Excerpt from the book Animals Evolution Avoided. This book describes 40 animals that ought to exist but don’t, because I made them up.
The Wallace Line is a faunal boundary line drawn in 1859 by the British naturalist Alfred Russel Wallace that separates the ecozones of Asia and Wallacea, a transitional zone between Asia and Australia. The line runs through the Lombok Strait between Bali and Lombok. The distance between Bali and Lombok is about 22 miles and many bird species observe the line as most birds don’t cross open ocean water. One bat that observes this line is the Blue Bat of Bali, which has no equivalent on Lombok.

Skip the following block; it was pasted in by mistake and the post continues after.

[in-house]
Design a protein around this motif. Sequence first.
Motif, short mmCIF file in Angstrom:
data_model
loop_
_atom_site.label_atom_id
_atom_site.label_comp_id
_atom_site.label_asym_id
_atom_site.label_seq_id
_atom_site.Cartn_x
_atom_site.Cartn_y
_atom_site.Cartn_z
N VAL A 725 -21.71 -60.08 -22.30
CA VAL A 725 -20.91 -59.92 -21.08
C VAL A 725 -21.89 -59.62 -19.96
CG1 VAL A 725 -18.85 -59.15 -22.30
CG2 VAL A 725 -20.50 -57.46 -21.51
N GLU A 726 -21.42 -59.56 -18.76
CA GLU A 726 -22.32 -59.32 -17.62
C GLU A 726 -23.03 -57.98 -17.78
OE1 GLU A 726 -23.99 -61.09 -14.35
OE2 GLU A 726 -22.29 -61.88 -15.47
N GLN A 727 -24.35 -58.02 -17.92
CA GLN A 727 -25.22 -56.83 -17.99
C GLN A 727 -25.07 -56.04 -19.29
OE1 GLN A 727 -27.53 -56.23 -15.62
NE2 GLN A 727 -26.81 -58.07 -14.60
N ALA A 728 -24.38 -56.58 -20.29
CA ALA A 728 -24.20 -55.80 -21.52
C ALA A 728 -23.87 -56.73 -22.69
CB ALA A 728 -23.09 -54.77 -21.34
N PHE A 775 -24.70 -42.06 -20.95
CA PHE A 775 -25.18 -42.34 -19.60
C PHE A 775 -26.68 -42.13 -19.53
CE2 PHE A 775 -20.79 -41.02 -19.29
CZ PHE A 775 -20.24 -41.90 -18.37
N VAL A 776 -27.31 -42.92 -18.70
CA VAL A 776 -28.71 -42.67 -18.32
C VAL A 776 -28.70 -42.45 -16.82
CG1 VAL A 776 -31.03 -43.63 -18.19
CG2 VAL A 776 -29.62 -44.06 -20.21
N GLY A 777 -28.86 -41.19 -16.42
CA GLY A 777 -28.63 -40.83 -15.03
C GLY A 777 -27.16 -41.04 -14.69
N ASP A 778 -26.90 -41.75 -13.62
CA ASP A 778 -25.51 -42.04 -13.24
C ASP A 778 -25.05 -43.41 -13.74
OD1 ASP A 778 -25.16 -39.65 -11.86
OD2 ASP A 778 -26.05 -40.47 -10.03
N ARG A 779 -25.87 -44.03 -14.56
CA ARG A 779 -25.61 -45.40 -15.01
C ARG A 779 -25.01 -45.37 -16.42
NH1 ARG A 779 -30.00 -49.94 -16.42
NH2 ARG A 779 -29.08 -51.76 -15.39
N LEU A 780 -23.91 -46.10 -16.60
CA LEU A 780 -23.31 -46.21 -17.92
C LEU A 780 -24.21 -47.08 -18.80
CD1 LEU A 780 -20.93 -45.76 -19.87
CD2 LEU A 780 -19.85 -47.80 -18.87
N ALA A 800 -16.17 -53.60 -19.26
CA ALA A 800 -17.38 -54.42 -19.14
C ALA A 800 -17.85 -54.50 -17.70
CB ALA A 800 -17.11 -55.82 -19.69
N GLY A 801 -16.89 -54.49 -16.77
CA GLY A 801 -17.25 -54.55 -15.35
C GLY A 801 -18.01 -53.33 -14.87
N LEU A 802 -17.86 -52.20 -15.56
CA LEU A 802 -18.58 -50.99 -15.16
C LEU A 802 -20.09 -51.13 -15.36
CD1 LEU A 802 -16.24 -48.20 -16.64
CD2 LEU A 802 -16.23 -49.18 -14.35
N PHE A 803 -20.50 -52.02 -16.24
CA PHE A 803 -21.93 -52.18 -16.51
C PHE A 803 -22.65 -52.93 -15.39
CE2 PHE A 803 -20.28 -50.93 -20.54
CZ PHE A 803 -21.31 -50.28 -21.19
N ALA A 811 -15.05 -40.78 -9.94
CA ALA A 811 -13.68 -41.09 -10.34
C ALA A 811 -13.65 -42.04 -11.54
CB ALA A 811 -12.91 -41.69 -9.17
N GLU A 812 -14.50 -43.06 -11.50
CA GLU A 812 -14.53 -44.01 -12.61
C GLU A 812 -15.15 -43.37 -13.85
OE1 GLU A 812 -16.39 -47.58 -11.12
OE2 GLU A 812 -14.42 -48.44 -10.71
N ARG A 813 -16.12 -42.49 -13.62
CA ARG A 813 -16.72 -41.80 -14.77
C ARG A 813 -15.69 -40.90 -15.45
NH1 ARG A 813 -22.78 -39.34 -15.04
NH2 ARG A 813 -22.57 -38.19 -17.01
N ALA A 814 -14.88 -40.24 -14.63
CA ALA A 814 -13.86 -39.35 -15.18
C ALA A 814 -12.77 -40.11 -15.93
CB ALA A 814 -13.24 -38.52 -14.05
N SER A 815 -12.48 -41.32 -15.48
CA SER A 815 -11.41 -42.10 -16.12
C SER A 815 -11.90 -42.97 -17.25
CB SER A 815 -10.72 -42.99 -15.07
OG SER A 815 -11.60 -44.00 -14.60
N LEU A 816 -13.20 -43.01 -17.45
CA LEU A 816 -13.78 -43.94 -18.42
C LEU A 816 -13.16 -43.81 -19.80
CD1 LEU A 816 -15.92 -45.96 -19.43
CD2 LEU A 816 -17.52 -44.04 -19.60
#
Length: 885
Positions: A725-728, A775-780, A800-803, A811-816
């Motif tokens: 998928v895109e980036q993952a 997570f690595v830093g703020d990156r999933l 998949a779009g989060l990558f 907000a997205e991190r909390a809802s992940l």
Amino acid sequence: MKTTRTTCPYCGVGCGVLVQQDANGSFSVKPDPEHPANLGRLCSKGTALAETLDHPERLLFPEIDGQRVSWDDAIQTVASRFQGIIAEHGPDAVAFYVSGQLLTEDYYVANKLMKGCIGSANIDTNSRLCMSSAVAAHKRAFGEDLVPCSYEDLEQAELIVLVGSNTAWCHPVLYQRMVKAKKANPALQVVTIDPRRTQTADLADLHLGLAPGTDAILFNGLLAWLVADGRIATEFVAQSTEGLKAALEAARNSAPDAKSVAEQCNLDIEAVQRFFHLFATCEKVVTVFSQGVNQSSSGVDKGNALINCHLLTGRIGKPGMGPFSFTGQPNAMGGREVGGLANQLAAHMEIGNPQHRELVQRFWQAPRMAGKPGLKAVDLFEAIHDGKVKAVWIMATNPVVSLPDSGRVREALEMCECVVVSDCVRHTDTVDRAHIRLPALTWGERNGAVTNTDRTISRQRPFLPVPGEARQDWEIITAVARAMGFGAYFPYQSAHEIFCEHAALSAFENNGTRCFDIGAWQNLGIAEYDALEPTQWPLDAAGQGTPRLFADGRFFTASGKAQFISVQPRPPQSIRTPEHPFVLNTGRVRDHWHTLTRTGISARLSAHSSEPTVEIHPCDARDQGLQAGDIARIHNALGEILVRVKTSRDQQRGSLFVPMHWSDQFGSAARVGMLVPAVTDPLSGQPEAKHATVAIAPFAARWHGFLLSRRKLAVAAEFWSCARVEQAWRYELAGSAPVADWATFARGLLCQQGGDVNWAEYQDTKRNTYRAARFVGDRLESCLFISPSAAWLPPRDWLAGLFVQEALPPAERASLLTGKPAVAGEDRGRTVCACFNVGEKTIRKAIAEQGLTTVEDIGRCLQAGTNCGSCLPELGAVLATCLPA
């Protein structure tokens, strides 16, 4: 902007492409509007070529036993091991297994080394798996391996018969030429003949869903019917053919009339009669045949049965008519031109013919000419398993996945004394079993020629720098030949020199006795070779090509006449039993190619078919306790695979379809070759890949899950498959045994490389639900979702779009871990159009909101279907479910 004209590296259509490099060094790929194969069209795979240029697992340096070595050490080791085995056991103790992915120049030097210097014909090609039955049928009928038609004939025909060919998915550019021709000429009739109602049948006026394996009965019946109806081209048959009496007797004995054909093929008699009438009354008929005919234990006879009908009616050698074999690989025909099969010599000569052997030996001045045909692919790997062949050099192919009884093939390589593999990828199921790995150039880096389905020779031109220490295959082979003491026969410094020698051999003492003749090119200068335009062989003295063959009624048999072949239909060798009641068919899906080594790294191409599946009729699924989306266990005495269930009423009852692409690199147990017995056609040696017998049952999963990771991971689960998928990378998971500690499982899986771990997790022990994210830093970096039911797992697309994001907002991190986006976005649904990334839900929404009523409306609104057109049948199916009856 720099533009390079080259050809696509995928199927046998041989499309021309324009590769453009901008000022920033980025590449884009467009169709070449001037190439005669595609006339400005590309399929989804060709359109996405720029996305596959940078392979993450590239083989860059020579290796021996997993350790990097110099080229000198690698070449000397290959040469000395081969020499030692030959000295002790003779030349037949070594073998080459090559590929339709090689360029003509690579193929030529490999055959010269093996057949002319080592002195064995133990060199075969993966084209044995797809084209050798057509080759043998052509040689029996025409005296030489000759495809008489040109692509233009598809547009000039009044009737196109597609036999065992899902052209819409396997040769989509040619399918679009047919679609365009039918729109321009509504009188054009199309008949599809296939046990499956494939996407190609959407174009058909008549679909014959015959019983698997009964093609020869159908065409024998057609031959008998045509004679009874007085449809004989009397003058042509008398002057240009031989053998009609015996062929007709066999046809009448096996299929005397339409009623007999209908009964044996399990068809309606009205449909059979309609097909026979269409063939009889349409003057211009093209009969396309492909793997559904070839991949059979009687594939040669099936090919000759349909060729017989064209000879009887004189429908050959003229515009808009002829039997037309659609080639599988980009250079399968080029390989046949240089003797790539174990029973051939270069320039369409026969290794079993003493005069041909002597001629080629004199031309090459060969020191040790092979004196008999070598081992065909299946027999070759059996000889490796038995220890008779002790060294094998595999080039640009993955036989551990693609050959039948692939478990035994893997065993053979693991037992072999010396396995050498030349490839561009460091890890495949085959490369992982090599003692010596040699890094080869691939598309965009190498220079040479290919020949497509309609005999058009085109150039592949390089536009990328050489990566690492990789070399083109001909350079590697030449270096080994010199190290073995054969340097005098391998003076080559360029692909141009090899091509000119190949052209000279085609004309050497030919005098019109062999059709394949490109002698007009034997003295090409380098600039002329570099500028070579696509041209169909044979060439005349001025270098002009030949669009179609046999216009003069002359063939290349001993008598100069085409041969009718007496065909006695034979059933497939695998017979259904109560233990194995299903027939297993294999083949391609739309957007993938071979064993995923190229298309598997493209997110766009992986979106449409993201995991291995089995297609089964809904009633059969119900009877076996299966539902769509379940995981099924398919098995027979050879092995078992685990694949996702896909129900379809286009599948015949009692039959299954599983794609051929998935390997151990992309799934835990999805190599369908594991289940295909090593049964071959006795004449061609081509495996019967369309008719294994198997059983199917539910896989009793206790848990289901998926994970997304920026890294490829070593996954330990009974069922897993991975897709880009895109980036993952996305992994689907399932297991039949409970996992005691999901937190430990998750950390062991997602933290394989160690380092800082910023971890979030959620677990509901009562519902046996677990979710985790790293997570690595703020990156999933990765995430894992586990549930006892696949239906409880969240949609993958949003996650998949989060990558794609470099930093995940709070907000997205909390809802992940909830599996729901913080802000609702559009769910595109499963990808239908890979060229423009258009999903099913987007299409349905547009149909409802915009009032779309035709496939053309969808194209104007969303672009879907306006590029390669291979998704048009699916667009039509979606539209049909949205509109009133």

The Blue Bat is about eighteen inches high and has a wingspan of two feet.
The Blue Bat is unique because it flies around during the day and the blue colour provides some camouflage against the tropical skies. The bat is primarily a fruit-eater and uses eyesight and echolocation to land on the fruit trees. However, this bat is best known for eating the fruit left behind by Hindus taking part in religious festivals on Bali. Every aspect of Balinese life is steeped in religious belief. Ninety per cent of Balinese are Hindu and around five per cent Muslim (these percentages are reversed on Lombok, which might be why the Blue Bat isn’t found on Lombok).
There are festivals almost every day on Bali and the Blue Bat makes sure it finds them. The availability of such large amounts of food might be why this bat flies around during the day and rests at night. The Blue Bat doesn’t swoop down and take the fruit during the festival, but waits until the ceremonies are over before starting to eat.